Reagan Bush Campaign 1982 Copyright Andy Richards 1982

Reagan Bush Campaign 1982
Copyright Andy Richards 1982

Where am I going with all this? Not sure. It’s a blog, which means its o.k. to ramble. And even if its not o.k. to ramble, its my blog, so I can. :-)

I guess I am just saying, “Thanks Dad.”

Book Revew: “The Digital Print,” by Jeff Schewe



This book is the companion to Jeff’s “The Digital Negative” (see my review). I view this 2- volume series as the modern day (“digital”) equivalent of the Ansel Adams 3-volume series, “The Camera,” “The Negative,” and “The Print.” Since these reviews come quite far apart, I recommend a quick read of my review of “The Digital Negative,” which was done way back in 2012.  There are a couple reasons for the long gap.  First, when I read the first book, the second was not out.  Second, though I finished it many month ago, I am just now getting my thoughts together.  :-)

This 2-volume series is a distillation of the essentials for capturing, processing and printing for the digital photographer

While I am not by any means comparing Mr. Schewe, the photographer, with Ansel Adams, the photographer, I can say with some confidence that he, along with the late, great, Bruce Fraser, were two of the foremost pioneers of digital processing of images. I have read a number of other, fairly technical books written by them, this 2-volume series is a distillation of the essentials for a digital photographer, of capturing the best quality image, and printing it.  Like anything in life, some of us will relate to the writing style of certain authors.  This book is far from a “for dummies” style book.  Yet it is not a mind-boggling technical tome, either.  I appreciate Jeff’s conversational style of writing, with some dry humor interjected here and there.  Others like the more entertaining style of a — say Scott Kelby.  To each his own.  If you think you will never have an image printed on paper (or other substrate), read the first book and skip the second.  Most of will want to read them both.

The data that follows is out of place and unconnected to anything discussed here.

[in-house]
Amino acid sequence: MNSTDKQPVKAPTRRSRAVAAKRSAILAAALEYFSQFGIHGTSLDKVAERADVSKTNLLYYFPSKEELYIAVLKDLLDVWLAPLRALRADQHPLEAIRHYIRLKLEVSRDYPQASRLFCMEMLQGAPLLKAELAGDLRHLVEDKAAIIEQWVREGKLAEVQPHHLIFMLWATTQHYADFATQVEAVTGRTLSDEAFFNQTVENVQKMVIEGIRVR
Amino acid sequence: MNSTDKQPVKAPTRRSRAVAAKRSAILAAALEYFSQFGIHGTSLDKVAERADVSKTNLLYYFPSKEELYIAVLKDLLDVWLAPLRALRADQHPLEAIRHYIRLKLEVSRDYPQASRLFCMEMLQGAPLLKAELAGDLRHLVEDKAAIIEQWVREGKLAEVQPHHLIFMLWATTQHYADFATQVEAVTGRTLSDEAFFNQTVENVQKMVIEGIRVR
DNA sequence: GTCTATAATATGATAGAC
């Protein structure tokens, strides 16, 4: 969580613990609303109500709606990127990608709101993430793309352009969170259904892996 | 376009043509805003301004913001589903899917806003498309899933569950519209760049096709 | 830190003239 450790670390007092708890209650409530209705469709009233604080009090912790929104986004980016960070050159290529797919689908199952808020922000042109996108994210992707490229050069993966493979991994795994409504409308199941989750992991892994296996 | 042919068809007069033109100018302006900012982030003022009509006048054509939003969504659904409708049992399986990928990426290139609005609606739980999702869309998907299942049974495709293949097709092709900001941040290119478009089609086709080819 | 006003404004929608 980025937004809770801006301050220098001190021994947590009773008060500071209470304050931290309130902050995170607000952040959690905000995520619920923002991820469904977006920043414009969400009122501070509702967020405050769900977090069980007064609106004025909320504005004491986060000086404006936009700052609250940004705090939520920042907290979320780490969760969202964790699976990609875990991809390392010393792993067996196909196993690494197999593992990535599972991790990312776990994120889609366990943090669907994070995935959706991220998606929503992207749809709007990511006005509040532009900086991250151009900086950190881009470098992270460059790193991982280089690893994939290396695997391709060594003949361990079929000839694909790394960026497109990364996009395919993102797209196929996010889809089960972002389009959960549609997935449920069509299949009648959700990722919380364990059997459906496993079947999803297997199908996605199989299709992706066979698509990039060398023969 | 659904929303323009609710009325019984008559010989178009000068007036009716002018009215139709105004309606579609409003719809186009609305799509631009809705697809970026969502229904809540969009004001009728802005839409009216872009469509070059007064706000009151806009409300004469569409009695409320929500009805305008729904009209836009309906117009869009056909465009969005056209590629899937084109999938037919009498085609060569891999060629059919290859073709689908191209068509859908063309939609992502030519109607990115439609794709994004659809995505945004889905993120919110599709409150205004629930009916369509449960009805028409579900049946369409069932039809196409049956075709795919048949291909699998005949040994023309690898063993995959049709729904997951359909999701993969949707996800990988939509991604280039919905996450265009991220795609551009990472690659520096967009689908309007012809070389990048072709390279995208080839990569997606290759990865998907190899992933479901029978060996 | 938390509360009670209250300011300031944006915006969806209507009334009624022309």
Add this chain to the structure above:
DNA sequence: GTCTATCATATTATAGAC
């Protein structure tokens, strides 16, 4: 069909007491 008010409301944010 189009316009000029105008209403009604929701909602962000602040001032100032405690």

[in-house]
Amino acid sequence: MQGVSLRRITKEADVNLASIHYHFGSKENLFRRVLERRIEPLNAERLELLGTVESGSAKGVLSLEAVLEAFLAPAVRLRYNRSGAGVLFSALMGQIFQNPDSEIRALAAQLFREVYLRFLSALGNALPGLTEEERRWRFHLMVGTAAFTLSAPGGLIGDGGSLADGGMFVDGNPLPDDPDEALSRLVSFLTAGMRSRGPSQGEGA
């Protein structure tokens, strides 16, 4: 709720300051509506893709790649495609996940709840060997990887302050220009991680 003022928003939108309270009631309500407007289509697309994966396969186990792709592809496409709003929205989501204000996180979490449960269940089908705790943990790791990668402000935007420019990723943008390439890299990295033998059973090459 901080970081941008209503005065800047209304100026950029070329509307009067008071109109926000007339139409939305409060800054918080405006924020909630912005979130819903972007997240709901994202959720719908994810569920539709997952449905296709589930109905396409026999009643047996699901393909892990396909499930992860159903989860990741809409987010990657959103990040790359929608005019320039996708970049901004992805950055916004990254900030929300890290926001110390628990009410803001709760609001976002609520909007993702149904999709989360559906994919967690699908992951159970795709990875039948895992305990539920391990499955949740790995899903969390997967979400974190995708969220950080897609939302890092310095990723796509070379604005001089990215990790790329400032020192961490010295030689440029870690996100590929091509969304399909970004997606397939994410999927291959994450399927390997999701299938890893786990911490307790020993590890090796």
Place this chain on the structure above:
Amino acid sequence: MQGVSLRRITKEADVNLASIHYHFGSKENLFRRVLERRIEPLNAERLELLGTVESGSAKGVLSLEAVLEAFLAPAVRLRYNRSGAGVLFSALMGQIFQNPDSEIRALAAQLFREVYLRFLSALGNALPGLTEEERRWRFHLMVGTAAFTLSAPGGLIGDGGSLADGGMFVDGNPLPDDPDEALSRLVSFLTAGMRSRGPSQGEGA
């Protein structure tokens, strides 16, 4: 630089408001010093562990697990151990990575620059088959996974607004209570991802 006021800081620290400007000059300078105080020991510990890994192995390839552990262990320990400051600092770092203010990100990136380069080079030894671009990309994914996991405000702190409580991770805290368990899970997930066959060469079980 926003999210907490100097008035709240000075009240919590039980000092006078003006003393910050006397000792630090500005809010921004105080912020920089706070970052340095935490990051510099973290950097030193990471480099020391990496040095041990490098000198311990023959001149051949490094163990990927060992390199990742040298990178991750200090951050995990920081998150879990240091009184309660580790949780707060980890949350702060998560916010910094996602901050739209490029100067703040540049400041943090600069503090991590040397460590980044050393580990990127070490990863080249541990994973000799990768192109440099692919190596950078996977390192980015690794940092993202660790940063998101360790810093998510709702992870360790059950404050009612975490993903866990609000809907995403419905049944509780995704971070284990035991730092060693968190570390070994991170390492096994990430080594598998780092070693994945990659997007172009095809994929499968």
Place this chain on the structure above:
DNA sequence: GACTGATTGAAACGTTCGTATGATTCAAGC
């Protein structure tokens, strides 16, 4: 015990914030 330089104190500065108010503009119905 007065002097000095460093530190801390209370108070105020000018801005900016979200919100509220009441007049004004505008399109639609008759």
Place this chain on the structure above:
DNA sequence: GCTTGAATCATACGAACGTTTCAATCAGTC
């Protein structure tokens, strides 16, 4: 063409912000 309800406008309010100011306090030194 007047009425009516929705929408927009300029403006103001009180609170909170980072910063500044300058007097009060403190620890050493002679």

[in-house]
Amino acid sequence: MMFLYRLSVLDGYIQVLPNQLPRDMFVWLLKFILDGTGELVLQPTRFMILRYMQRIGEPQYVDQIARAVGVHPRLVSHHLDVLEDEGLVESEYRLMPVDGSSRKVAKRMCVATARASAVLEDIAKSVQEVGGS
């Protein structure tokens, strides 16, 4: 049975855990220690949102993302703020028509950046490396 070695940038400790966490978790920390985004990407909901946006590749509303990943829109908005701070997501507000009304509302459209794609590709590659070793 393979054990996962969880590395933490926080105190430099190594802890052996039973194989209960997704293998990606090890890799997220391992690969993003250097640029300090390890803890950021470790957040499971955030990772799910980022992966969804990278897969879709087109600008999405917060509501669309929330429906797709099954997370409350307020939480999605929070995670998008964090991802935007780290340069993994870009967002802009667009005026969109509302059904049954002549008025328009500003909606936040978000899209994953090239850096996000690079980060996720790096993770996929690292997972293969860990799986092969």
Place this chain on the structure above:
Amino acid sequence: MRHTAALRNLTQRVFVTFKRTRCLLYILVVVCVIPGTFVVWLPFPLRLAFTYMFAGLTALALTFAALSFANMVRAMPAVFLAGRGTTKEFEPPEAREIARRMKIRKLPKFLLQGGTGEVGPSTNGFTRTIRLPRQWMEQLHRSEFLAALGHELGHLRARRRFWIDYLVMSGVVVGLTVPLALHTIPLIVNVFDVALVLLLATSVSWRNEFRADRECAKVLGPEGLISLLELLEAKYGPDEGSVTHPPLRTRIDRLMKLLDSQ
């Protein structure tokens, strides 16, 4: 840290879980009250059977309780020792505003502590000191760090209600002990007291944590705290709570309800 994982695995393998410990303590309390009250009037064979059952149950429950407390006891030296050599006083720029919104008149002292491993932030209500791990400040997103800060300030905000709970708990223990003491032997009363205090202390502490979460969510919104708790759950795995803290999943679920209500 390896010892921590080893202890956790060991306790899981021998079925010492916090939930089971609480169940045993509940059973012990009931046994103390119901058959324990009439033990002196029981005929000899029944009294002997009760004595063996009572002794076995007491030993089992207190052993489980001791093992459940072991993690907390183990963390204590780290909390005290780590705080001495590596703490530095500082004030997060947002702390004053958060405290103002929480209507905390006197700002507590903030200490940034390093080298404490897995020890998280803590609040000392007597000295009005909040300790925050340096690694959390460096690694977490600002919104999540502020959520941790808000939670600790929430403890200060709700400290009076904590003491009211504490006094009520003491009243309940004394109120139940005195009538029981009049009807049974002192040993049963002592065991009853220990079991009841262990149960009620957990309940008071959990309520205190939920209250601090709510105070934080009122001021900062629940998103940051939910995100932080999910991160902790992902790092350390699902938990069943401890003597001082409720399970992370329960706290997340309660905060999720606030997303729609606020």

I have previously noted that I am a “get under the hood,” type. For those who just want to get on to printing, today’s printers, with their built-in drivers, will probably produce a satisfying result for you, “out of the box.”  Or perhaps even easier, upload your images to one of the many, very good, commercial printers out there. But if you like to see how to optimize the pixels you have captured on your “mega-pixel” camera, then these two books are a “must read,” in my view – and will probably mean you don’t have to read any other books on post-processing and printing.